Action Verbs and the Logic of Egyptian Ottoman Court Decisions

By Omar Farahat This is the second of two posts that discuss sixteenth-century Egyptian Ottoman court records. In the first post, I offered translations of three decisions and briefly explained their context. In this post, I provide some reflections on the structure of those records and its implications. The structure of a court judgment typically … Continue reading Action Verbs and the Logic of Egyptian Ottoman Court Decisions

Weekend Scholarship Roundup

In a book review titled “Isn’t the Opposite Equally True?” written for the London Review of Books, former Program in Islamic Law fellow Lawrence Rosen (Princeton University) reviews two recent publications, Laurence Louër’s Sunnis and Shi‘a: A Political History (Princeton University Press, 2020) and Kim Ghattas’s Black Wave: Saudi Arabia, Iran, and the Forty-Year Rivalry … Continue reading Weekend Scholarship Roundup

Translations of Three Tenth/Sixteenth Century Egyptian Ottoman Court Decisions

By Omar Farahat This is the first of two posts that discuss sixteenth-century Egyptian Ottoman court records. In this post, I offer translations of three decisions and briefly explain their context. In the second post, I will provide some reflections on the structure of those records and its implications. This post includes translations of three … Continue reading Translations of Three Tenth/Sixteenth Century Egyptian Ottoman Court Decisions

Islamic Law in the News Roundup

Criticism of French President Macron, who recently described Islam as “a religion in crisis” and vowed to pass legislation in the coming weeks to allow for greater government control over mosques and their clerics, continued, as some legal scholars have contended that his statements violated both the French Constitution and international law. Others have noted … Continue reading Islamic Law in the News Roundup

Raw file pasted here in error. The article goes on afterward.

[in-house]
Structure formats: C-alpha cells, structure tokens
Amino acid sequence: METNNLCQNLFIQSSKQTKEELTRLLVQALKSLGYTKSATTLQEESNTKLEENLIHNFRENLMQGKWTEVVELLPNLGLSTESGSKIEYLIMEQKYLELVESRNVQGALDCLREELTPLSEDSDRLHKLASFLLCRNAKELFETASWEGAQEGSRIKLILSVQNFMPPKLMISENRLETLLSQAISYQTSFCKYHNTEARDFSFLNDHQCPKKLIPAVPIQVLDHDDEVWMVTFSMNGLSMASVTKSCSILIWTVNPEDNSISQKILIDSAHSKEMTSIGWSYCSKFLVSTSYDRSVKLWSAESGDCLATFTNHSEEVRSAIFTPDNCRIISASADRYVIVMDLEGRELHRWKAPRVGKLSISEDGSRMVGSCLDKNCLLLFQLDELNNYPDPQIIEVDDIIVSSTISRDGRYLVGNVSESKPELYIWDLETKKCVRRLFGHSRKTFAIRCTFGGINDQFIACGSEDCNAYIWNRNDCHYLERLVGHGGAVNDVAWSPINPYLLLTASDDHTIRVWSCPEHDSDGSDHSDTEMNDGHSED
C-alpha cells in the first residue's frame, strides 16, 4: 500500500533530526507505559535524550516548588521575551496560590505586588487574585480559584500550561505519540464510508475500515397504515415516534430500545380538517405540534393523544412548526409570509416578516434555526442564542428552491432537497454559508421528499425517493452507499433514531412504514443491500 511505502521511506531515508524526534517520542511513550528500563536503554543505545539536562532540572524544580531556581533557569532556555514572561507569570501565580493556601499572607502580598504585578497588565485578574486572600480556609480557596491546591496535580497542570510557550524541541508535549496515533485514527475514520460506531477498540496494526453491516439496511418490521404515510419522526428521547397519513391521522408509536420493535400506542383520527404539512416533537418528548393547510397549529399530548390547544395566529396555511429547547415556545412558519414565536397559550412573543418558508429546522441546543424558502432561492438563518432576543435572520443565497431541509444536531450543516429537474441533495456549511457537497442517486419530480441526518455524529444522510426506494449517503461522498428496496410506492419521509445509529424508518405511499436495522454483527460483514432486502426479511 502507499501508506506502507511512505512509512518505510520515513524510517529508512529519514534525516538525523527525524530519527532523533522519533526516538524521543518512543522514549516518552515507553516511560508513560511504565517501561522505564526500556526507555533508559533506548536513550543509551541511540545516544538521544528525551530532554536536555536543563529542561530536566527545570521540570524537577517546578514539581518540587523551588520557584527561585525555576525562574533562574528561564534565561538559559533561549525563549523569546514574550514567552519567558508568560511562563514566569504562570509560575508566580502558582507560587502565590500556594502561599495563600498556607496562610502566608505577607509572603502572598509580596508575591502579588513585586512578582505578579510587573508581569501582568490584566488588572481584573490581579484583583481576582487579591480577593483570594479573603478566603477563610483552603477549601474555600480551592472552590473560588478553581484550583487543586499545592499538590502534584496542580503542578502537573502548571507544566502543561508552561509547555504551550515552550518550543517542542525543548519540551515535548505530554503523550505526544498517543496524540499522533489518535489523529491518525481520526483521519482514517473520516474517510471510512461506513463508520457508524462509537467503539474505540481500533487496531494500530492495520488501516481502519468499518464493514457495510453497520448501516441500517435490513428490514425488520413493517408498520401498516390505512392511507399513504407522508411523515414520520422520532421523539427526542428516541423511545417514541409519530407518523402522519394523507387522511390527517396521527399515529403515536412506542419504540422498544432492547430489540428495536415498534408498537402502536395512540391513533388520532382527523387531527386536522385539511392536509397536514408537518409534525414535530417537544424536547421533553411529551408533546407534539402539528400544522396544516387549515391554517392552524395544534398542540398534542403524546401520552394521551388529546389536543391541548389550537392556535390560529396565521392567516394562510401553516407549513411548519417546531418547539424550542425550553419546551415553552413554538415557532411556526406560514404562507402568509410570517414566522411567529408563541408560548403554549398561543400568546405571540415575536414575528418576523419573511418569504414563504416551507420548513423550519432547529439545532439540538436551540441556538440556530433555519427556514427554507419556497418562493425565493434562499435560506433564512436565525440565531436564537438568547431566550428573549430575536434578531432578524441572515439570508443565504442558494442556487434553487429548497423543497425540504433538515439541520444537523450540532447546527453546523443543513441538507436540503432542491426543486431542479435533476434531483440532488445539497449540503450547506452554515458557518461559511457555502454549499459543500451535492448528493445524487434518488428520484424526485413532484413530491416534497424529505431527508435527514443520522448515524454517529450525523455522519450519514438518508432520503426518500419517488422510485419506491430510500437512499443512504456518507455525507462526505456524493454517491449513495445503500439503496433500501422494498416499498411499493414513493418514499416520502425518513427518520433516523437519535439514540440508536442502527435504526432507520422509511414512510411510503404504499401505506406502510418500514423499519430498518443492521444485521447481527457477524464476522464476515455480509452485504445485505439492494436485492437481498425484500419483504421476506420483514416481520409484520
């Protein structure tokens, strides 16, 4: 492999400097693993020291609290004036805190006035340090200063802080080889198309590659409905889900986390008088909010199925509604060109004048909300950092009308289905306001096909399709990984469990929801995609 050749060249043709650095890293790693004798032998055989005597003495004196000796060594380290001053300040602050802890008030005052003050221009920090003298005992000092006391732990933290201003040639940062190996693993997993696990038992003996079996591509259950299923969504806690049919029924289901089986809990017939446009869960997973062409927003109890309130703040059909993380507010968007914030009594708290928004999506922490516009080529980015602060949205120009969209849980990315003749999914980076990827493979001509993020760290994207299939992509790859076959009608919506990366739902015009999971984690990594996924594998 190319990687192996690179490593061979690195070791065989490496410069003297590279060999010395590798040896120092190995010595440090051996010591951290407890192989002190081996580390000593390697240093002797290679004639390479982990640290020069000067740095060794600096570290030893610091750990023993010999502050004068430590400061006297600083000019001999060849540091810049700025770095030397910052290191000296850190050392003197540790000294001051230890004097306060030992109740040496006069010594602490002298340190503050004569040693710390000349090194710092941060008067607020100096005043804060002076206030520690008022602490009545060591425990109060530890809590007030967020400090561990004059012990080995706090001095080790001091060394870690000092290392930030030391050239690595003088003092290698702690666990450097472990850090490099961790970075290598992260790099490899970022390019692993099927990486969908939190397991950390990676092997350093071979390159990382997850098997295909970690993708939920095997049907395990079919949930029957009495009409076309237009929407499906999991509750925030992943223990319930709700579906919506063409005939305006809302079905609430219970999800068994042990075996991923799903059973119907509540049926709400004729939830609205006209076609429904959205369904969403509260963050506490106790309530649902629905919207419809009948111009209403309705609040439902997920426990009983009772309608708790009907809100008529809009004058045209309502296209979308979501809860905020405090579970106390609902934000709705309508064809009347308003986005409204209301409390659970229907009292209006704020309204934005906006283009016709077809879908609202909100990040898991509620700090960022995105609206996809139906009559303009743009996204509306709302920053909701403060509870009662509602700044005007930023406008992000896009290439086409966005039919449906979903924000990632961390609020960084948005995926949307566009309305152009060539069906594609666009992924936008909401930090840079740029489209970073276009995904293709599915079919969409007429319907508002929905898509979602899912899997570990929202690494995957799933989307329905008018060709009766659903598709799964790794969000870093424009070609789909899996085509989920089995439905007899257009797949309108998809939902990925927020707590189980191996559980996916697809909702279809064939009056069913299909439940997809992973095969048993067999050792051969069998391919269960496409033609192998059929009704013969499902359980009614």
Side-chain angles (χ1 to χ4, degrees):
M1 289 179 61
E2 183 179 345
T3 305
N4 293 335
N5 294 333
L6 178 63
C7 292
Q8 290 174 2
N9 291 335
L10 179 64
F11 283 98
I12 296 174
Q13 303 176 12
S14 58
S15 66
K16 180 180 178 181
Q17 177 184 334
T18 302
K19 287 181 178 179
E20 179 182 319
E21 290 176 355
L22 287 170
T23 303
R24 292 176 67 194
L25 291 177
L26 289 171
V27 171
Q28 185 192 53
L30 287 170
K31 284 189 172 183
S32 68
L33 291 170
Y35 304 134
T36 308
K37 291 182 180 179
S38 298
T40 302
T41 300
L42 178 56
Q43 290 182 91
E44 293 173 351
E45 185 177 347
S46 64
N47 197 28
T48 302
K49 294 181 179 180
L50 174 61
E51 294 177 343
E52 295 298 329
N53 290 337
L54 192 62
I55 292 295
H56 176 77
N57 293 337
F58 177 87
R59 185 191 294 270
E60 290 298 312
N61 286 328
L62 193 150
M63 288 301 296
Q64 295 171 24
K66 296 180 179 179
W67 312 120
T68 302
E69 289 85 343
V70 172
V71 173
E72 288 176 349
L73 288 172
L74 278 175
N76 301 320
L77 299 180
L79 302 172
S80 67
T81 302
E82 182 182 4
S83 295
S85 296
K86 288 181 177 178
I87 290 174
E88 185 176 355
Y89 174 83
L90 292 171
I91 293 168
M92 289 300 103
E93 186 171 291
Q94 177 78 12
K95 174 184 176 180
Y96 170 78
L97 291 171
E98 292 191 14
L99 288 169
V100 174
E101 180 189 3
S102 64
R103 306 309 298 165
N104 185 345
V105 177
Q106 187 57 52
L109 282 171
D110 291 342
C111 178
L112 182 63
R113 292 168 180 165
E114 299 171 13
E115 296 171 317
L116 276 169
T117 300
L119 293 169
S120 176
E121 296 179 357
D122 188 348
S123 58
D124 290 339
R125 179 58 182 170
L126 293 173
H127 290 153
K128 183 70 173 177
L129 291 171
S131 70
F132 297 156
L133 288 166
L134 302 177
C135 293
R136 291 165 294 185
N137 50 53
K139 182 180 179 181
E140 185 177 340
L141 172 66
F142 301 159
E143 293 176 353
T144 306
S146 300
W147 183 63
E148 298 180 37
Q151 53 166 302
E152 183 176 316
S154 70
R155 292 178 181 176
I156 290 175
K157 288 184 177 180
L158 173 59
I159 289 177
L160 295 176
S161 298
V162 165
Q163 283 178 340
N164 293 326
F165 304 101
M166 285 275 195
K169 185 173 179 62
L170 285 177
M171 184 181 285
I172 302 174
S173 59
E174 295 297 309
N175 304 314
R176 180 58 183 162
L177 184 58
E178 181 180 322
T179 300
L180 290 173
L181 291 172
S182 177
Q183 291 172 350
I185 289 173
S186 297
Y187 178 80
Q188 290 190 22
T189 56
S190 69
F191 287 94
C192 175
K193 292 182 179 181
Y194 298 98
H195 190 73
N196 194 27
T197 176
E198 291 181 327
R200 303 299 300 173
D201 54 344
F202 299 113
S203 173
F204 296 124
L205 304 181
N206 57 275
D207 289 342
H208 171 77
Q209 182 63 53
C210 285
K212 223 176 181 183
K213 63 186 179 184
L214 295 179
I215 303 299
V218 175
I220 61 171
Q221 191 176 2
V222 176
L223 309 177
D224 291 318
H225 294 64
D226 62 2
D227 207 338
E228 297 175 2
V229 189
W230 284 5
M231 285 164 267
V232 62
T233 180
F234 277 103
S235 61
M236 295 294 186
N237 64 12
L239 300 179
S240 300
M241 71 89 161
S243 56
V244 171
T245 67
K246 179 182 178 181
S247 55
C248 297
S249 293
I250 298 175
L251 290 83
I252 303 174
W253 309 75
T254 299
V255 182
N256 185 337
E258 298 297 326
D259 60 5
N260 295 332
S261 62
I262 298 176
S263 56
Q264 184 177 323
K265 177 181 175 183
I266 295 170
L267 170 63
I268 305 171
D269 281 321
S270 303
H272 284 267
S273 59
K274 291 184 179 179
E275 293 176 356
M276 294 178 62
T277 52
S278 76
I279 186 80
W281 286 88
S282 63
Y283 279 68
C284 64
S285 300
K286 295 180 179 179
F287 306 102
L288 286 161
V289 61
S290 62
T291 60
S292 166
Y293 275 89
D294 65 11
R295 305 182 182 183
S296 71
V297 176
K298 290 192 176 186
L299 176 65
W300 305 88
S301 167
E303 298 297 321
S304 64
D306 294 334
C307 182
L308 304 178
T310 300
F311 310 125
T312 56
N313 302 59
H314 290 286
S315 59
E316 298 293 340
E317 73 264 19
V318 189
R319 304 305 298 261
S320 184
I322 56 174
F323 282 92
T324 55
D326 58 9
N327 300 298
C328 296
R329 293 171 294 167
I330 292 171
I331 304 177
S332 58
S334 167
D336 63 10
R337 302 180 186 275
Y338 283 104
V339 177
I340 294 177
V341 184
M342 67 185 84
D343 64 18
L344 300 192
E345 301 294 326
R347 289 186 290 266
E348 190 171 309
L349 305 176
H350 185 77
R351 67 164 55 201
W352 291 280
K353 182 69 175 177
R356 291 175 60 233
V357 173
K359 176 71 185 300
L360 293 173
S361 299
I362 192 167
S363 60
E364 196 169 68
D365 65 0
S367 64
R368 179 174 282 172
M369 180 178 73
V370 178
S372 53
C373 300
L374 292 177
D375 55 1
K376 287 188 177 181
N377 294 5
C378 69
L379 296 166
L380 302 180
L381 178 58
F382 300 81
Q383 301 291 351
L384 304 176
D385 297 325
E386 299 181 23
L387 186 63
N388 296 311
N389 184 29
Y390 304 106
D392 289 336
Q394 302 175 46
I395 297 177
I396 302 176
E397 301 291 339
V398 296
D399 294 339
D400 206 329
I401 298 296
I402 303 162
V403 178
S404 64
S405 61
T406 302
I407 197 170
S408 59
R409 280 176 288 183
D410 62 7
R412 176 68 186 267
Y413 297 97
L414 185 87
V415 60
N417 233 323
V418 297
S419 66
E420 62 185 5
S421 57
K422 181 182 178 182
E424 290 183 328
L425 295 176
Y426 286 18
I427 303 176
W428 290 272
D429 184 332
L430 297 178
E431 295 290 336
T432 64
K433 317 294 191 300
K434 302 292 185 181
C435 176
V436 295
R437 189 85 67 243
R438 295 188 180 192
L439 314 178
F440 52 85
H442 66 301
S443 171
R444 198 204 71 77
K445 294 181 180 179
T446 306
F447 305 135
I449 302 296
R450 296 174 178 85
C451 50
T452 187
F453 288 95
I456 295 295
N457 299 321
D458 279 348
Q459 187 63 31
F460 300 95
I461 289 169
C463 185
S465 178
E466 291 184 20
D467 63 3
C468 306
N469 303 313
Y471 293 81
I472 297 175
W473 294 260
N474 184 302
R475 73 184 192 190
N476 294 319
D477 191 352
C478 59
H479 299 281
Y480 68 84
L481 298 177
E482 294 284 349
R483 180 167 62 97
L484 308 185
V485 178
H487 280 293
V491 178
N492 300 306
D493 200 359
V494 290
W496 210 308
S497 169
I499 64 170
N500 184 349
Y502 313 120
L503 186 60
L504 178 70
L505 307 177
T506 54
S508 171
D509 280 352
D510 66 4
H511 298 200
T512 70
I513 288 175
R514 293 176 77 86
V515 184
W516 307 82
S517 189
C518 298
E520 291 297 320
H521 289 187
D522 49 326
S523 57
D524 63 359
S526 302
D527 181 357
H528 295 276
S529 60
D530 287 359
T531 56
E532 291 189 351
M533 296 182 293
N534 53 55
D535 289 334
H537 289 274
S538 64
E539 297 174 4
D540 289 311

Islamic Jurisprudence for Revolution

By Adnan Zulfiqar  This post is the third in a series of four posts on obligation, jihād, revolution and prisons. In late 2010, a Tunisian fruit seller, frustrated by restrictions on his ability to make a living and constant police harassment, poured gasoline on himself and lit a match. This was largely viewed as the … Continue reading Islamic Jurisprudence for Revolution

Islamic Law in the News Roundup

Amid international outcry after a Nigerian religious court sentenced a 22-year old to death for blasphemous statements made on WhatsApp, a well-known imām (Muslim religious leader) in the country, who believes that the person should be punished, asked for a more lenient sentence. Nigerian Senator Smart Adeyemi announced his intention to advance a bill that … Continue reading Islamic Law in the News Roundup

Jurisdiction over Germination

By Omar Khaled Abdel-Ghaffar This post is part of the Digital Islamic Law Lab (DILL) series, in which a Harvard student analyzes a primary source of Islamic law, previously workshopped in the DIL Lab. Summary Qalqashandī’s rendering in ​Ṣubḥ al-Aʿshā of an earlier decree for the appointment of a Ḥanbalī judge provides important insights into the quadripartite … Continue reading Jurisdiction over Germination